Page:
Scott Neuman

Scott Neuman works as a Digital News writer and editor, handling breaking news and feature stories for Occasionally he can be heard on-air reporting on stories for Newscasts and has done several radio features since he joined NPR in April 2007, as an editor on the Continuous News Desk.

Neuman brings to NPR years of experience as an editor and reporter at a variety of news organizations and based all over the world. For three years in Bangkok, Thailand, he served as an Associated Press Asia-Pacific desk editor. From 2000-2004, Neuman worked as a Hong Kong-based Asia editor and correspondent for The Wall Street Journal. He spent the previous two years as the international desk editor at the AP, while living in New York.

As the United Press International's New Delhi-based correspondent and bureau chief, Neuman covered South Asia from 1995-1997. He worked for two years before that as a freelance radio reporter in India, filing stories for NPR, PRI and the Canadian Broadcasting System. In 1991, Neuman was a reporter at NPR Member station WILL in Champaign-Urbana, IL. He started his career working for two years as the operations director and classical music host at NPR member station WNIU/WNIJ in DeKalb/Rockford, IL.

Reporting from Pakistan immediately following the September 11, 2001 attacks, Neuman was part of the team that earned the Pulitzer Prize awarded to The Wall Street Journal for overall coverage of 9/11 and the aftermath. Neuman shared in several awards won by AP for coverage of the December 2004 Asian tsunami.

A graduate from Purdue University, Neuman earned a Bachelor's degree in communications and electronic journalism.

Not long ago, economists and others expressed concerns that China's economy was expanding too quickly. Now, the latest data are raising concerns about a slowdown — and the woes it could trigger.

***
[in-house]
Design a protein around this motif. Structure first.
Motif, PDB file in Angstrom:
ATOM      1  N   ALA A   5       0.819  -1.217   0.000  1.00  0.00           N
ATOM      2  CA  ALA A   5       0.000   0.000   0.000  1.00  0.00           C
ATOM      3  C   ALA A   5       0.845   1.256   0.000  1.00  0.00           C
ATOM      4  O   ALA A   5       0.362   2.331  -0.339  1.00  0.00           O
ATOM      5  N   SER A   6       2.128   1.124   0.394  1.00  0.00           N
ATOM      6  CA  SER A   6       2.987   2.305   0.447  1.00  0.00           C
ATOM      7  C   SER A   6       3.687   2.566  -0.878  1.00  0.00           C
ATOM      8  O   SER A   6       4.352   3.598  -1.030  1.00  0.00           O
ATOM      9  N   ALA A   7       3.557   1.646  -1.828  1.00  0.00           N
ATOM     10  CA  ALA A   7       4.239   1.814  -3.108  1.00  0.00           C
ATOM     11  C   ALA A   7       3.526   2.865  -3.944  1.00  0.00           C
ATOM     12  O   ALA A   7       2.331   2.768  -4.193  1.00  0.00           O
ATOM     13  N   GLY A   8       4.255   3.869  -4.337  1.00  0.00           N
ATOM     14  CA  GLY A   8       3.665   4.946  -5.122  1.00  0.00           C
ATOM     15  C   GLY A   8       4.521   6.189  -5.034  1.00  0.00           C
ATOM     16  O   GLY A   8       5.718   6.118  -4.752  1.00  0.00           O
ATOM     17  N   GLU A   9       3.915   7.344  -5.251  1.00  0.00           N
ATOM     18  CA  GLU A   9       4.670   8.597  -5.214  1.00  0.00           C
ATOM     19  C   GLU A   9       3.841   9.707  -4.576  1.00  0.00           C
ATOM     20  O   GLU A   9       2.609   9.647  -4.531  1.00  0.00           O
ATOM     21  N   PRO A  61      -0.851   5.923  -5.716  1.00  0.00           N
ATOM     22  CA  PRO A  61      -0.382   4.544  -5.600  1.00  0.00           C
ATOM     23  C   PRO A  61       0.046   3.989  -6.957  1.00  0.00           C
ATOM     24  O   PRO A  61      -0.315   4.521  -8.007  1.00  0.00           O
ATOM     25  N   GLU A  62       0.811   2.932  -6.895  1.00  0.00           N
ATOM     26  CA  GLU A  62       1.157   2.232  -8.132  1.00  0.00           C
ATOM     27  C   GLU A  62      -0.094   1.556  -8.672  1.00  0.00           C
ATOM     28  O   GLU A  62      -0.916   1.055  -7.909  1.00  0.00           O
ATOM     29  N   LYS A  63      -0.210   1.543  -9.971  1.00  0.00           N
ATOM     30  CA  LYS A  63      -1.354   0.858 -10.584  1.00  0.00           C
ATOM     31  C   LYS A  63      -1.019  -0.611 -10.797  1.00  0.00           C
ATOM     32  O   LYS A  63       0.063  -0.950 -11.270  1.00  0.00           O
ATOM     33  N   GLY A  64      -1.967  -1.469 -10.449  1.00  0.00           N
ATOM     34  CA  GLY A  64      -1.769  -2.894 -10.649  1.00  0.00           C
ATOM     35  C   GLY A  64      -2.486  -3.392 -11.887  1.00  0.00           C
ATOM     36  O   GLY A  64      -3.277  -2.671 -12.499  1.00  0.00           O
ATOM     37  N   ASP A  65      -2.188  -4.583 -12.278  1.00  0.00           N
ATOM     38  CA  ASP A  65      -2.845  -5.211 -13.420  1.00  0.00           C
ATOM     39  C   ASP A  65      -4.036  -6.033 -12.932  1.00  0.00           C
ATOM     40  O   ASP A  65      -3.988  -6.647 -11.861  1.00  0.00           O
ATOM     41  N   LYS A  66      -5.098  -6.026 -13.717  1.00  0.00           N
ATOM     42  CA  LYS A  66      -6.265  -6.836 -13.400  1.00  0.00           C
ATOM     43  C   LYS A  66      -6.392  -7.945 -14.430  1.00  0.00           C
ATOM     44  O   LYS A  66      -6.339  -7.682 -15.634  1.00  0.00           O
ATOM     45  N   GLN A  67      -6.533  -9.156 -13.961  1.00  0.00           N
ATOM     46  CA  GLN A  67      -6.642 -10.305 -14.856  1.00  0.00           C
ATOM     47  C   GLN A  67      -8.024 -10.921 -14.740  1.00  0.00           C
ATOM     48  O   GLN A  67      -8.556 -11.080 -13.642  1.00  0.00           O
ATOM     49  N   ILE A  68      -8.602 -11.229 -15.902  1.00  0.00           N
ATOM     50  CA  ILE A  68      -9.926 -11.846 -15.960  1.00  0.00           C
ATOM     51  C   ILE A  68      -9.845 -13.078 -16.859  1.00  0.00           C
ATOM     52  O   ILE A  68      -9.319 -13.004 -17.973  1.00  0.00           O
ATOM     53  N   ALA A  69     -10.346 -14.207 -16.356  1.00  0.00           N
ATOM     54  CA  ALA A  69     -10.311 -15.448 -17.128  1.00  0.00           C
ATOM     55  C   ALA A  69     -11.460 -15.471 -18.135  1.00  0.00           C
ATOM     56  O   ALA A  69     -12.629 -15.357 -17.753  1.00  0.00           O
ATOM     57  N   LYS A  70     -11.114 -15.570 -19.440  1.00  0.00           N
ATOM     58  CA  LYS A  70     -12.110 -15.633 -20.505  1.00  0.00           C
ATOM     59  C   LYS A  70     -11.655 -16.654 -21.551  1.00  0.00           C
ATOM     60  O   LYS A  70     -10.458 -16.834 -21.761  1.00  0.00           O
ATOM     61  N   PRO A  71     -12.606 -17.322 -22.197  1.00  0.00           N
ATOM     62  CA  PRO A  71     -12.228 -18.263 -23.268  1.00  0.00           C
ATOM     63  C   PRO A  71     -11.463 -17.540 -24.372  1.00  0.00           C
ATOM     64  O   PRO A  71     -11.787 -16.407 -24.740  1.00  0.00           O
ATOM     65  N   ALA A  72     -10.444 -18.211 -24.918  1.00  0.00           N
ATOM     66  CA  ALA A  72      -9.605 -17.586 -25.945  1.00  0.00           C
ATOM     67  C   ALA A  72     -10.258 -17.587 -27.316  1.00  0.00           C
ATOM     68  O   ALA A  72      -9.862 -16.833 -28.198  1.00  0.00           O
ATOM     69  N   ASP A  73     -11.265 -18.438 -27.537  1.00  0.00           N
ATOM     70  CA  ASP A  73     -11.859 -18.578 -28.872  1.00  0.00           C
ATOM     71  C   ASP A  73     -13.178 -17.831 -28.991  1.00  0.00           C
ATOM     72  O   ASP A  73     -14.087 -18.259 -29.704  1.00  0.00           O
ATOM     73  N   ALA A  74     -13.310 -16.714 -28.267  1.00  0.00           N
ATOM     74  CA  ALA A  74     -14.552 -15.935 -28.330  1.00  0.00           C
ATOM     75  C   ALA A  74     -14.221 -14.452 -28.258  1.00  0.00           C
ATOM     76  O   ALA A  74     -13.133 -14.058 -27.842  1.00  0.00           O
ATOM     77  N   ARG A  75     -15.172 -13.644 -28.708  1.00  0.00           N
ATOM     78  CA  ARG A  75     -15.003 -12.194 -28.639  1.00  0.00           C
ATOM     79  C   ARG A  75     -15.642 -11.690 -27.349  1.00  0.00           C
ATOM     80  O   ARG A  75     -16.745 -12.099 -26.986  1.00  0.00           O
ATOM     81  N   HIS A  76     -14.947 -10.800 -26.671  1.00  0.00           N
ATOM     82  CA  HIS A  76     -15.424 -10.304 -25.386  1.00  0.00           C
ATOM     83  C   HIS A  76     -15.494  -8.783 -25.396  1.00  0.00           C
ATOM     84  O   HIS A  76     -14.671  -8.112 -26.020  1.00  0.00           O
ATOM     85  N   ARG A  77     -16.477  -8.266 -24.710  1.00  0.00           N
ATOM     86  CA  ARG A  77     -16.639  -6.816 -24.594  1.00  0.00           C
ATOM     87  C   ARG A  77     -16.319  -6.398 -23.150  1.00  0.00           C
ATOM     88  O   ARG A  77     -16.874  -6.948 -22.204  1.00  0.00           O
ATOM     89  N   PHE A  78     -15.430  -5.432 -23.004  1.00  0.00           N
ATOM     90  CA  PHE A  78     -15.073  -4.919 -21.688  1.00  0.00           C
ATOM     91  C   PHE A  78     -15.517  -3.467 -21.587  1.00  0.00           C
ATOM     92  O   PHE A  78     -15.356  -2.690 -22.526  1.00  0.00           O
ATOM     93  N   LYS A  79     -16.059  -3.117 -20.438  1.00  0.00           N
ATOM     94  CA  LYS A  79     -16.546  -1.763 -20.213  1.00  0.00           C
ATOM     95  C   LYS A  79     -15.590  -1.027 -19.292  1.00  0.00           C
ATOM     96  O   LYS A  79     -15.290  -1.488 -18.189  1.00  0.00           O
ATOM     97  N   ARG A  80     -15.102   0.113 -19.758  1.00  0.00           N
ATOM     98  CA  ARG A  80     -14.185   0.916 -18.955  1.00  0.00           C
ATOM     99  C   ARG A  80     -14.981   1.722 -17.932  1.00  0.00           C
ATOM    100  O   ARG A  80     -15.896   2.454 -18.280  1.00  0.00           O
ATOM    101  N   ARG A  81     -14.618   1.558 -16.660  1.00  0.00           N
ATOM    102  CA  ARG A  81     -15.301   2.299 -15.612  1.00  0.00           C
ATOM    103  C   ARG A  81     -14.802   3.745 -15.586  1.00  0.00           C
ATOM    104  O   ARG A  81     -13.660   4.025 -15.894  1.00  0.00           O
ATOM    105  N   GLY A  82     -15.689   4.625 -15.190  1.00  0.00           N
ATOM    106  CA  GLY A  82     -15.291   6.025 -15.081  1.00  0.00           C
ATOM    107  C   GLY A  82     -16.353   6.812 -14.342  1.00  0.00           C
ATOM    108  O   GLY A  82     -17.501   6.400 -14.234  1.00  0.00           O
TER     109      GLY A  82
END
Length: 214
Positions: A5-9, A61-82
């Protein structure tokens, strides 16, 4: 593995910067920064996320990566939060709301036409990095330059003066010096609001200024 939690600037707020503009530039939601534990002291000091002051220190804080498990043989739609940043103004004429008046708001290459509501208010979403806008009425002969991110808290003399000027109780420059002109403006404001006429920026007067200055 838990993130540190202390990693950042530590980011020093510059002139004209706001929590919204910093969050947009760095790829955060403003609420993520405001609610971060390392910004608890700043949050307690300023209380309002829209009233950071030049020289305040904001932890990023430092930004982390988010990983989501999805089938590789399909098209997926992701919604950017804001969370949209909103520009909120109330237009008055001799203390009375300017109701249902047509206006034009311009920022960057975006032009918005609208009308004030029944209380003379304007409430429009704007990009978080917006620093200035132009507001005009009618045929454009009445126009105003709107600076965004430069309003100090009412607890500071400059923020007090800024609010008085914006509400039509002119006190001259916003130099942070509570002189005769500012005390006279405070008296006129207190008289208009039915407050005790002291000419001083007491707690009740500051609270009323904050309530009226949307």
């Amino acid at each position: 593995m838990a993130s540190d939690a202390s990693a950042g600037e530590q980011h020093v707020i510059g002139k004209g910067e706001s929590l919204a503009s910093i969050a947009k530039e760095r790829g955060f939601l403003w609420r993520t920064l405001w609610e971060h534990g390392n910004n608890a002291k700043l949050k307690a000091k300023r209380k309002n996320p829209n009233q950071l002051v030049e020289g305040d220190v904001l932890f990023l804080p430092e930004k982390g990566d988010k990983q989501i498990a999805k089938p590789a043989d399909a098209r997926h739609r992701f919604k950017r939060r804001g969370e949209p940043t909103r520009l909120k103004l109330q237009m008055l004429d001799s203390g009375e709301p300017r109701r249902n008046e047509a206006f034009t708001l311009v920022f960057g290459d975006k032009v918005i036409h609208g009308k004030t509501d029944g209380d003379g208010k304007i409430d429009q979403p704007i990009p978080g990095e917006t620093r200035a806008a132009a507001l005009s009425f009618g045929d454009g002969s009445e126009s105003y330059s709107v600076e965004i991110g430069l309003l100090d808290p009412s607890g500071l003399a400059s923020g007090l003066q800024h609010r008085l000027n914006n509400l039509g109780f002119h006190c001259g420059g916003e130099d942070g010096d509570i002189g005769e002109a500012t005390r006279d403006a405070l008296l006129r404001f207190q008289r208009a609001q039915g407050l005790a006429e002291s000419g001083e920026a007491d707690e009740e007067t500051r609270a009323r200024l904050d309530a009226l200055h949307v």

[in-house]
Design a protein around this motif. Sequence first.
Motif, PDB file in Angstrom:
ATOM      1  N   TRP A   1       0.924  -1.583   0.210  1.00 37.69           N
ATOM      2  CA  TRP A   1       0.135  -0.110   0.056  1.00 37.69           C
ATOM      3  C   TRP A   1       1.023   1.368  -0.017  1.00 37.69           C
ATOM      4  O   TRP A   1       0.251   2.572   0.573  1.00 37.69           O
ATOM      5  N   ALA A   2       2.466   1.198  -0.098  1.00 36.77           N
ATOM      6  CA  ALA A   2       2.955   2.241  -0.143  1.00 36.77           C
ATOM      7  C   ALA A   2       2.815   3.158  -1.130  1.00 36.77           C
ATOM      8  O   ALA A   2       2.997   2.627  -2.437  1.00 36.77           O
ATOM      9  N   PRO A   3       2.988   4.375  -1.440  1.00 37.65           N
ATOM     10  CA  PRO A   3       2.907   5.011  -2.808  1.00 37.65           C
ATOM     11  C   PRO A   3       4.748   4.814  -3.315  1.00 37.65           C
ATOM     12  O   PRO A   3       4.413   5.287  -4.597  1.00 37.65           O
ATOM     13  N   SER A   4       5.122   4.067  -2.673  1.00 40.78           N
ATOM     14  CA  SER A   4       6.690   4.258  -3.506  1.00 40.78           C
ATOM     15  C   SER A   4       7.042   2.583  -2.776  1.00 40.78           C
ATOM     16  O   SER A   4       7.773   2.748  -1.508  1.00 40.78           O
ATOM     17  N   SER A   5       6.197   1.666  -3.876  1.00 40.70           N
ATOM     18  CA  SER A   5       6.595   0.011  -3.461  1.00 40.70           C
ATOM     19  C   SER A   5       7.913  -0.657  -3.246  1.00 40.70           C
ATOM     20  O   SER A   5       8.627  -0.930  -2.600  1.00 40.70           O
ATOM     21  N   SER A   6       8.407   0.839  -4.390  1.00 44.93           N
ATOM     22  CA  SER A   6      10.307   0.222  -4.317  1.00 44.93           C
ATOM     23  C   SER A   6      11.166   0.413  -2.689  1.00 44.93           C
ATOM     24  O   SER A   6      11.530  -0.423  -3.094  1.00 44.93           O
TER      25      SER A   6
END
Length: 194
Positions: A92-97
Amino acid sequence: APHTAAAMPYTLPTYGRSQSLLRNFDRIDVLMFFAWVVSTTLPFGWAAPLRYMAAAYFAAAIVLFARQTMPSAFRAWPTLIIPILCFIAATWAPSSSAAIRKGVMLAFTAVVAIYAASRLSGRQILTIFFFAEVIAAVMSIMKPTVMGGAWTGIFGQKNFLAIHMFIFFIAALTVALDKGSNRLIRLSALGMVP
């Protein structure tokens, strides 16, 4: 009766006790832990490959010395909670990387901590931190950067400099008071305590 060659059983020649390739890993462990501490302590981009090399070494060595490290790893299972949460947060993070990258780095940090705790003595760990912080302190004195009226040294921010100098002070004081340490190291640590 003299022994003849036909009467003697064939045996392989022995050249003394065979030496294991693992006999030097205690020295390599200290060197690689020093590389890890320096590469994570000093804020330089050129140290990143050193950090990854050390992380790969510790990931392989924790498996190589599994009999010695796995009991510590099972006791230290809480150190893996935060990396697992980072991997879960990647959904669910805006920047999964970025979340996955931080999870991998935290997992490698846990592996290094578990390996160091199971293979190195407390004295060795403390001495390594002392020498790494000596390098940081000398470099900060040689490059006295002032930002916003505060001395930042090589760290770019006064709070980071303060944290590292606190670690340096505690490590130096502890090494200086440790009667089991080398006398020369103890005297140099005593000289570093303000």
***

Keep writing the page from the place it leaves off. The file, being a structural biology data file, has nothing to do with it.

With a sluggish U.S. economy and troubles in the eurozone, Chinese exports are taking a hit, causing a slowdown on shop floors in Shanghai and Shenzhen. Earlier this week, the Chinese Purchasing Managers' Index, or PMI, fell to its lowest level in nearly three years.

As American Airlines struggled to keep up with its rivals in recent years, it could at least boast something that competitors could not: The Fort Worth, Texas-based carrier had never gone bankrupt. Not anymore.

On Tuesday, American's parent, AMR Corp., filed for bankruptcy protection, citing $10 billion in loses over the past decade. In a statement, it said it took the step in hopes of bringing down costs and emerging more competitive.

A NATO airstrike that killed 24 Pakistani soldiers over the weekend has brought U.S.-Pakistani ties to a new level of strain, but experts say it's unlikely to produce a permanent rift in the relationship.

Barely a month ago, Secretary of State Hillary Clinton visited Islamabad hoping to cement greater Pakistani cooperation to eliminate Taliban safe havens inside its territory. After Saturday's attack, that kind of cooperation appeared to be on indefinite hold.

When the bipartisan supercommittee on the federal debt was formed four months ago, there was more than a little skepticism that the 12-member group could come up with $1.2 trillion in savings and avoid a severe round of automatic government budget cuts.

On Monday, with the deadline fast approaching and no plan in sight, it looked like the skeptics were on the verge of being proved right.

It's hard to miss the irony: Leon Panetta, as President Clinton's budget guru, backed billions of dollars in Pentagon cuts. Now, as secretary of defense, he's warning that the U.S. could become a "paper tiger" if his department's budget is further reduced.

As pressure mounts in cities across the country to evict Occupy protesters from parks and squares, the movement's supporters face a decision about what to do next.

After months-long sit-ins that have brought international attention to the movement's demand for greater economic equality, as well as occasional clashes between demonstrators and police, cities in recent days have moved in force to end the protests.

The man known as Italy's Great Seducer may have finally lost his charm.

Silvio Berlusconi, the country's scandal-plagued prime minister, survivor of some 50 confidence motions over the years and twice thrown out of office, says he will exit from the Italian political scene now that the nation's parliament has passed an austerity package.

That resignation could come as early as this weekend, although there has been speculation that Berlusconi could hang on until as late as February, when new elections are expected to be held.